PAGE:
SDR is quite interesting because it can track moving satellites, and do simultaneous multipath reconstruction of multiple terrestrial broadcast signals -- digital tlevision, FM/AM/satellite radio, shortwave, etc. No antenna pointing needed, as it's all done in software. After demodulating the carrier the video and audio content is streamed on a local web page available to computers/phones/tablets on the LAN. Existing TVs can be supported via an HDMI or analog (VGA/composite/3.5mm) stick w an RF remote.
Optional (or one-time software unlock?) on-board storage for multimedia time-shifting and distributed CDN caching (reducing bandwidth and latency by keeping commonly served duplicate files like js libraries locally). Having a local server also lets them do fun things in the future like transparent LZMA compression, optional ad/telemetry/malware blocking, data pre-caching, smart shared HTTP caching, etc.
The inclusion of on-board storage allows data to be sloshed around to best utilize the terrestrial spectrum (broadcast content) and satellite spectrum (multicast content). It's much like Tesla batteries allow energy to be sloshed around to best utilize distributed solar and the utility grid.
With proper RF front-end design, support for the diversity of global broadcast standards can added through OTA software updates via satellite. This simplifies hardware into a single "world" model with regional software variants.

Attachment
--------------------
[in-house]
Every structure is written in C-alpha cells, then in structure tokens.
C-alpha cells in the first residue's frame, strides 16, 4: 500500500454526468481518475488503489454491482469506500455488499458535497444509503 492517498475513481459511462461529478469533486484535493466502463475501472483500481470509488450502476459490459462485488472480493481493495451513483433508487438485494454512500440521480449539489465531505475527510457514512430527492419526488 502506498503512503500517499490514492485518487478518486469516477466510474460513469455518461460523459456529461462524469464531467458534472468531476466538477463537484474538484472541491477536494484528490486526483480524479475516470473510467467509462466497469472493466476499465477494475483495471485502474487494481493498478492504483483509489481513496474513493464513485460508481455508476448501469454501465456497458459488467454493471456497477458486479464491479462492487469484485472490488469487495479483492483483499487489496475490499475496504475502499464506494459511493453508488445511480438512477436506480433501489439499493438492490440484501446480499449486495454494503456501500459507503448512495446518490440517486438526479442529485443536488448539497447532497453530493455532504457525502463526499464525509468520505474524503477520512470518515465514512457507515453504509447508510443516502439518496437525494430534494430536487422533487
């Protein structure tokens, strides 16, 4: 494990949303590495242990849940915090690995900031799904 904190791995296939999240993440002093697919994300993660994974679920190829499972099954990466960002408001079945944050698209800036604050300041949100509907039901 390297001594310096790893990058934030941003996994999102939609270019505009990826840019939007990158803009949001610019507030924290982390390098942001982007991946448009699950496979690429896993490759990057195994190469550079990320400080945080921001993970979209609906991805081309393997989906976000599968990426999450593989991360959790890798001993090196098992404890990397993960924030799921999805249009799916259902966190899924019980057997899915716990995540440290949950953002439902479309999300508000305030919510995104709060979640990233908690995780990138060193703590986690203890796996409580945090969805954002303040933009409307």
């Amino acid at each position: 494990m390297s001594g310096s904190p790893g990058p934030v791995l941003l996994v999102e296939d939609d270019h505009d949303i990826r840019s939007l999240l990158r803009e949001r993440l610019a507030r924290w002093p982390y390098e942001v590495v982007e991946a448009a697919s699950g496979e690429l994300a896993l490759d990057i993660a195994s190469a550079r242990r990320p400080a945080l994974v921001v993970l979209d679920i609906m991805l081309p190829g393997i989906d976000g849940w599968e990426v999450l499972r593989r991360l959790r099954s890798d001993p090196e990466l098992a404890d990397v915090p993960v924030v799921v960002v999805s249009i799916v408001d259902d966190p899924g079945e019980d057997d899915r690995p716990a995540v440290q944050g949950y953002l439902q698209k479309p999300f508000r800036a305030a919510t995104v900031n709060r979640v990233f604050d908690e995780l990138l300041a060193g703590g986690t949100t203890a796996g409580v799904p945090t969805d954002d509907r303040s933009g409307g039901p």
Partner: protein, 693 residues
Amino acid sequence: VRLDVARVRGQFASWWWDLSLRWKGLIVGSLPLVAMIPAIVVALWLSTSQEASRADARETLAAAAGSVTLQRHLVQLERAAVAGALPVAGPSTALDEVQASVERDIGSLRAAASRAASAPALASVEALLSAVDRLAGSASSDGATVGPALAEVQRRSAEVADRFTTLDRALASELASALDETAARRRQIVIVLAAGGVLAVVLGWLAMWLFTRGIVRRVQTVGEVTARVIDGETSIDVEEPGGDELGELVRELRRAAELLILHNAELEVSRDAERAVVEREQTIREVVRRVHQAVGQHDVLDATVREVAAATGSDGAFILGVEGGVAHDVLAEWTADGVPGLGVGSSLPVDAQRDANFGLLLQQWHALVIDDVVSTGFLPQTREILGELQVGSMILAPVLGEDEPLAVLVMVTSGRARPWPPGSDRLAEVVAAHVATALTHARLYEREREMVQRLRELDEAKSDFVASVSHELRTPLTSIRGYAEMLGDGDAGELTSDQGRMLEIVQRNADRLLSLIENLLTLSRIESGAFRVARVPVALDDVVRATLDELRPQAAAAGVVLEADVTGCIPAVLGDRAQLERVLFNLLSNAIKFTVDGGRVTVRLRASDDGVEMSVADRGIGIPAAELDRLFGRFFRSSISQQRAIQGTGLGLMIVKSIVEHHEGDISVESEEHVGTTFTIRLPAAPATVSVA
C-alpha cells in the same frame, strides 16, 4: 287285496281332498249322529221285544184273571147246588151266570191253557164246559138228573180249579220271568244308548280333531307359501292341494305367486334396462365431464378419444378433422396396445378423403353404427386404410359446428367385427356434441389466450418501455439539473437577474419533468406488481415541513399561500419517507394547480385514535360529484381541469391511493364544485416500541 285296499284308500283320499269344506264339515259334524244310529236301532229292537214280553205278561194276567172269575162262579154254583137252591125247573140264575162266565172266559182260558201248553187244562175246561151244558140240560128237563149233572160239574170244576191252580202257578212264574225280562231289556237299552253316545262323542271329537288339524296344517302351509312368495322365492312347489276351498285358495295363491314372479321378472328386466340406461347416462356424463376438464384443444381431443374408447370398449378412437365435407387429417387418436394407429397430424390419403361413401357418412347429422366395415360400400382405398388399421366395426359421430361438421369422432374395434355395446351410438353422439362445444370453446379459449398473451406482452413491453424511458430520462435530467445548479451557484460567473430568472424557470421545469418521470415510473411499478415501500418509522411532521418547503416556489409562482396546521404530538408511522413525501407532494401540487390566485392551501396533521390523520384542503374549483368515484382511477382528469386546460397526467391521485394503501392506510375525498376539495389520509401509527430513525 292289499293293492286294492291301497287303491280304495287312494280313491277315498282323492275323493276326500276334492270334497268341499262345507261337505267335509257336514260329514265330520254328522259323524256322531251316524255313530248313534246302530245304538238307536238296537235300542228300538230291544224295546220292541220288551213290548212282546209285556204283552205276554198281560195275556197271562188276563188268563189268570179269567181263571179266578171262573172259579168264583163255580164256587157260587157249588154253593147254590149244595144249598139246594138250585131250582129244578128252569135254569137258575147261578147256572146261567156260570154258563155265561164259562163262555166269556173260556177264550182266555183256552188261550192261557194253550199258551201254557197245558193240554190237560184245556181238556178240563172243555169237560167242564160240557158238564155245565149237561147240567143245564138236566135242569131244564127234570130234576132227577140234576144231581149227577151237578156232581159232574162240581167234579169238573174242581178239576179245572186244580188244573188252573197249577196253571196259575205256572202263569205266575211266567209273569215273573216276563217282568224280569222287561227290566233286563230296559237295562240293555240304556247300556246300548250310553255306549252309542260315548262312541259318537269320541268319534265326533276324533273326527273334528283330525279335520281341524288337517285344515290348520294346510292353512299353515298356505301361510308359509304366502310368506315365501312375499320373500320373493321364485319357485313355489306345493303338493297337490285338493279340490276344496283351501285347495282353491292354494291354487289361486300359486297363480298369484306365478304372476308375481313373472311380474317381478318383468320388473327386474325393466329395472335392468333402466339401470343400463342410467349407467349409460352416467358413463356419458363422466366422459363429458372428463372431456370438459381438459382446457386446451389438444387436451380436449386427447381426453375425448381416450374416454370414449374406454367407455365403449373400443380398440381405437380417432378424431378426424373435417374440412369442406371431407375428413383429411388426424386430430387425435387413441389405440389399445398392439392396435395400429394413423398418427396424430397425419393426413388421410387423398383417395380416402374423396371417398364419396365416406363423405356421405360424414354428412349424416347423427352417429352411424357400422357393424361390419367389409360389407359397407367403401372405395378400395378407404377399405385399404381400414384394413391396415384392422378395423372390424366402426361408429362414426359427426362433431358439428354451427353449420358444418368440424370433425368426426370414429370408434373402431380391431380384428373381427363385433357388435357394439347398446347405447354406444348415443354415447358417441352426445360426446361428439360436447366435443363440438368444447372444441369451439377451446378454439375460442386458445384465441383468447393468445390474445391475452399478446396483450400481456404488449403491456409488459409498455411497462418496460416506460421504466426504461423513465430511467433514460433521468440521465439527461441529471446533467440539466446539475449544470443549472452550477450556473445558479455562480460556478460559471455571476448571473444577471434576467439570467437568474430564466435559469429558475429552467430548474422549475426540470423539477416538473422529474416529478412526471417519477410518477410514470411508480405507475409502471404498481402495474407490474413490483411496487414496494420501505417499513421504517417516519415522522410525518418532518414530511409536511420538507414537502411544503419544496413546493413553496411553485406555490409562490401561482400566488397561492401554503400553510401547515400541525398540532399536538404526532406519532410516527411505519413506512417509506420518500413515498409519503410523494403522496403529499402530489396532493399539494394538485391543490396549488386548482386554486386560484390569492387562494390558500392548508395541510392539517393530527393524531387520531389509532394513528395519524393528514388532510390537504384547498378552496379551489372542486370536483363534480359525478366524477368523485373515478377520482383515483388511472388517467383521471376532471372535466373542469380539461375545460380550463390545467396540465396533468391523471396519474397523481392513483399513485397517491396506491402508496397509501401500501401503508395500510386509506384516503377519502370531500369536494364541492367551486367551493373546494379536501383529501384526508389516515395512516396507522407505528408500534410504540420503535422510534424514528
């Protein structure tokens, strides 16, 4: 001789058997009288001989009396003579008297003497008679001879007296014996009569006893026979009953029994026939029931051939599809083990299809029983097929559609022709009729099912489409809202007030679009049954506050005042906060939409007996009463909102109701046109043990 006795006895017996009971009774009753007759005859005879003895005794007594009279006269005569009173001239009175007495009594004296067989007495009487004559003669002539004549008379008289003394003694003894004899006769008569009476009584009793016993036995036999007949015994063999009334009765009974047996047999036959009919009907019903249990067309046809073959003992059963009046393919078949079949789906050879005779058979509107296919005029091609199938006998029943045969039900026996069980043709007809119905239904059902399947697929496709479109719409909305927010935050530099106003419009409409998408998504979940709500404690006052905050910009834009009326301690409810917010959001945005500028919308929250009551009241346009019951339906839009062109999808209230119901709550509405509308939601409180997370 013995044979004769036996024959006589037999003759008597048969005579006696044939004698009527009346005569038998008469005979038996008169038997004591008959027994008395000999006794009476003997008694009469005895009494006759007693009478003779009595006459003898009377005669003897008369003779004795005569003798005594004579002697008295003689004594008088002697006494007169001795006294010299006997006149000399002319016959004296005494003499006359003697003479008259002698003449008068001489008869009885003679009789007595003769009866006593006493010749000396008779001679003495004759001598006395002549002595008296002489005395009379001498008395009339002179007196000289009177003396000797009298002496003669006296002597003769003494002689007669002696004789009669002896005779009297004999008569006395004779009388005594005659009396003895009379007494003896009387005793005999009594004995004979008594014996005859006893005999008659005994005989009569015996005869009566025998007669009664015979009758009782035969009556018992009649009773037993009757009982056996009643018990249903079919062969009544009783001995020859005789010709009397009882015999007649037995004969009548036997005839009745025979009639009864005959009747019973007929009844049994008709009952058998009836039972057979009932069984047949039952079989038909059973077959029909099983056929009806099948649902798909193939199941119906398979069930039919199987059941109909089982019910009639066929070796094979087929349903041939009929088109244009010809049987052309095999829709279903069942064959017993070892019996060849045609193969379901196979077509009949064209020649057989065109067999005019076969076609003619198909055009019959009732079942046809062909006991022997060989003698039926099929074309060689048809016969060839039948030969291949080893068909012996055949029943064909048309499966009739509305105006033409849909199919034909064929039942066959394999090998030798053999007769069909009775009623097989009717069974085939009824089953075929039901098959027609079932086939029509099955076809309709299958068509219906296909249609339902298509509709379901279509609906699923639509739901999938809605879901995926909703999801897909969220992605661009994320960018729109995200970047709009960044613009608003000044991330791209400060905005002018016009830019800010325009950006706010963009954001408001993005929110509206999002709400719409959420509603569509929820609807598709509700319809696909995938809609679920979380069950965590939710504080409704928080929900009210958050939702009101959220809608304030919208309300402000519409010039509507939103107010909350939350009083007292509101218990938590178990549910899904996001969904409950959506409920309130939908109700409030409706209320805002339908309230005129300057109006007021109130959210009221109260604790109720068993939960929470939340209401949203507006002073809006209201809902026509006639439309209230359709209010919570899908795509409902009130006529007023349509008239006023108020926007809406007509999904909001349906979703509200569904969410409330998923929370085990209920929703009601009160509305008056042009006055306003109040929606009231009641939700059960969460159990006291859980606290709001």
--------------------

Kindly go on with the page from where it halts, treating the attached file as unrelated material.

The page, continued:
Easy install, especially with the wireless version (mount on pole, erect, securely fasten, done). Broadcast signal reach and convenience (any device or TV) that beats the pants off of any OTA antenna out there. Convenient access to terrestrial broadcast content w time-shifting takes some of the load from streaming services, so it's a strategic move and not just a "gee wiz" feature they got cheap because of SDR.
At $200-300 for the equipment and $50/mo for internet, with a good multimedia time shifting UI, SpaceX would cream every rural data provider out there.
Anyway, just the idle dreams of an internet user living in a rural satellite "data desert"...
Phased array flat panel antennas cannot be purely software steered sufficiently to track a low earth orbit satellite from horizon to horizon. It's not good enough to just put a flat panel phased array facing straight up, you won't have enough gain aimed in the direction where the satellite actually is at any given moment. Assuming a CPE device that measures 1.5'x1.5' to 2'x2' in size, it will still need a motorized azimuth and elevation stepper motor system (or equivalent) to track a LEO satellite.